International Journal of Clinical Pharmacy

, Volume 37, Issue 2, pp 355–364 | Cite as

Statin adverse effects: patients’ experiences and laboratory monitoring of muscle and liver injuries

  • Nataporn Chaipichit
  • Janet Krska
  • Thongchai Pratipanawatr
  • Narumol JarernsiripornkulEmail author
Research Article


Background Although statins have great benefit on the prevention of cardiovascular diseases with limited adverse effects (AEs), little is known about patients’ contribution of AE reports in clinical practice. Objectives To explore patients’ experiences of statin AEs and related laboratory monitoring in clinical practice. Setting Outpatient clinics of two University hospitals in northeast Thailand. Methods Generic symptom checklist questionnaires for self-reporting AEs were distributed to patients prescribed simvastatin, atorvastatin, or rosuvastatin at outpatient clinics. Clinical information was obtained from medical records. Reported symptoms were assessed for causality considering previously known statin AEs, concomitant diseases and drugs. Main outcome measure Potential statin AEs reported by patients and monitoring of laboratory parameters related to musculoskeletal and liver disorders. Results Of the total 718 valid responses, 76.0 % of patients reported at least one symptom, most of which (69.0 %) were probable/possible statin AEs. Musculoskeletal and liver-related symptoms were reported by 283 (39.4 %) and 134 patients (18.7 %), respectively. Probable/possible AEs were categorized in 56.7 % of their musculoskeletal and gastrointestinal symptoms. Majority of patients had at least one laboratory test on initiation of (64.8 %) and during statin treatment (61.8 %). Patients taking atorvastatin or rosuvastatin, and patients with history of chronic renal diseases were more likely to have creatine kinase (CK) monitored on initiation of and during statin treatment. Additionally, taking drugs which could potentially increase muscle injury (OR 1.929, P < 0.01) and self-reporting of musculoskeletal symptoms (OR 1.805, P < 0.01) were associated with CK monitoring during statin treatment. Reporters of musculoskeletal symptoms also had significantly higher mean CK level than those not reporting any musculoskeletal symptoms (207.35 ± 155.40 vs. 143.95 ± 83.07 U/L, respectively; P = 0.037). Patient reporting of liver AEs was not related to alanine aminotransferase (ALT) level and monitoring, however, prior history of liver disorders was significantly associated with monitoring of ALT on initiation of and during statin treatment (OR 5.745 and OR 23.063, respectively; P < 0.01). Conclusion Many patients experienced at least one possible adverse effects on a statin. The findings suggest that laboratory monitoring is relatively selective in relation to risks and patient-reported adverse symptoms.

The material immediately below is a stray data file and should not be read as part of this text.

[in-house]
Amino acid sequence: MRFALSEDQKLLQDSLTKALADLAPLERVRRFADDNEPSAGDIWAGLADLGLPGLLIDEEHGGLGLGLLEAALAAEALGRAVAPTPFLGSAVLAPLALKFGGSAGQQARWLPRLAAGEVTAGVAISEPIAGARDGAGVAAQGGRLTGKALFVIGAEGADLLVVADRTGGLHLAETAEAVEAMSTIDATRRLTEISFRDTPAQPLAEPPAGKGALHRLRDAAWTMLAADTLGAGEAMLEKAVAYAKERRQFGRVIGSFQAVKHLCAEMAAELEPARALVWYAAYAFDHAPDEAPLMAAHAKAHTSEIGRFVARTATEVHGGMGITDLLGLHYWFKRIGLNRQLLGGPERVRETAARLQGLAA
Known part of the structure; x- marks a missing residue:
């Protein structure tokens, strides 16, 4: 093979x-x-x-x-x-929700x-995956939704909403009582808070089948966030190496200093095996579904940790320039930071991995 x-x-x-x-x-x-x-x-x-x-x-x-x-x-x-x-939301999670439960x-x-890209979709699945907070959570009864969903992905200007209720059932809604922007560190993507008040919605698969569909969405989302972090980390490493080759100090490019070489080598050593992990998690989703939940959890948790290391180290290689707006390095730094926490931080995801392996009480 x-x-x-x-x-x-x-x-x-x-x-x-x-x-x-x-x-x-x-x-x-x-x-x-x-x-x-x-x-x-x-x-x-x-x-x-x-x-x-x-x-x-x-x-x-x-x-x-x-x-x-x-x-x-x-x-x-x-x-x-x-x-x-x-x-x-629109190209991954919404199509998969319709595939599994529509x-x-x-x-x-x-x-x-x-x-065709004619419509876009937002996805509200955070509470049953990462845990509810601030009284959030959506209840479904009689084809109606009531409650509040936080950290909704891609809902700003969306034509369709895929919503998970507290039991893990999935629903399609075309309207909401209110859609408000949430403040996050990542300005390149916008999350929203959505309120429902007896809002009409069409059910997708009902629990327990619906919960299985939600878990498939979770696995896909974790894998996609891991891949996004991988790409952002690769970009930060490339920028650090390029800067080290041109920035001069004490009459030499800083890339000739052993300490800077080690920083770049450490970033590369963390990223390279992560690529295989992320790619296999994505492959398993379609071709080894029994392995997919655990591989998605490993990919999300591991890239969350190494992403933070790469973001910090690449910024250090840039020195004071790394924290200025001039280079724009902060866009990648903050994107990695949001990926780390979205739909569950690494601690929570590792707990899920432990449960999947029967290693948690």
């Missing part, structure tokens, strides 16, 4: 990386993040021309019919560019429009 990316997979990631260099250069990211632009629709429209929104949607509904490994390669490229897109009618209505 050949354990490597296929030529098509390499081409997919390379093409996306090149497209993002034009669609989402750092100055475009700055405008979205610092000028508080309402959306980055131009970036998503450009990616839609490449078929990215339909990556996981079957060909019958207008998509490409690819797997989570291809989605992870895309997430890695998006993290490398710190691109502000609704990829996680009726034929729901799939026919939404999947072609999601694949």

Adverse effects Laboratory monitoring Liver injury Muscle injury Patient reports Pharmacovigilance Side effects Statins 



Special thanks are expressed to all patients who completed the questionnaires and to all staffs who provided helps in data collection at Srinagarind hospital and Queen Sirikit Heart Center.


This study received financial support from the Royal Golden Jubilee Ph.D. Programme (Grant Number: PHD/0038/2553).

Conflicts of interest

All authors declare that they have no conflict of interest.

Supplementary material

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Supplementary material 1 (DOCX 55 kb)
11096_2015_68_MOESM2_ESM.docx (12 kb)
Supplementary material 2 (DOCX 13 kb)


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Copyright information

© Koninklijke Nederlandse Maatschappij ter bevordering der Pharmacie 2015

Authors and Affiliations

  • Nataporn Chaipichit
    • 1
  • Janet Krska
    • 2
  • Thongchai Pratipanawatr
    • 3
  • Narumol Jarernsiripornkul
    • 1
    Email author
  1. 1.Division of Clinical Pharmacy, Faculty of Pharmaceutical SciencesKhon Kaen UniversityKhon KaenThailand
  2. 2.Medway School of PharmacyThe Universities of Greenwich and Kent at MedwayChatham, KentUK
  3. 3.Department of Internal Medicine, Faculty of MedicineKhon Kaen UniversityKhon KaenThailand

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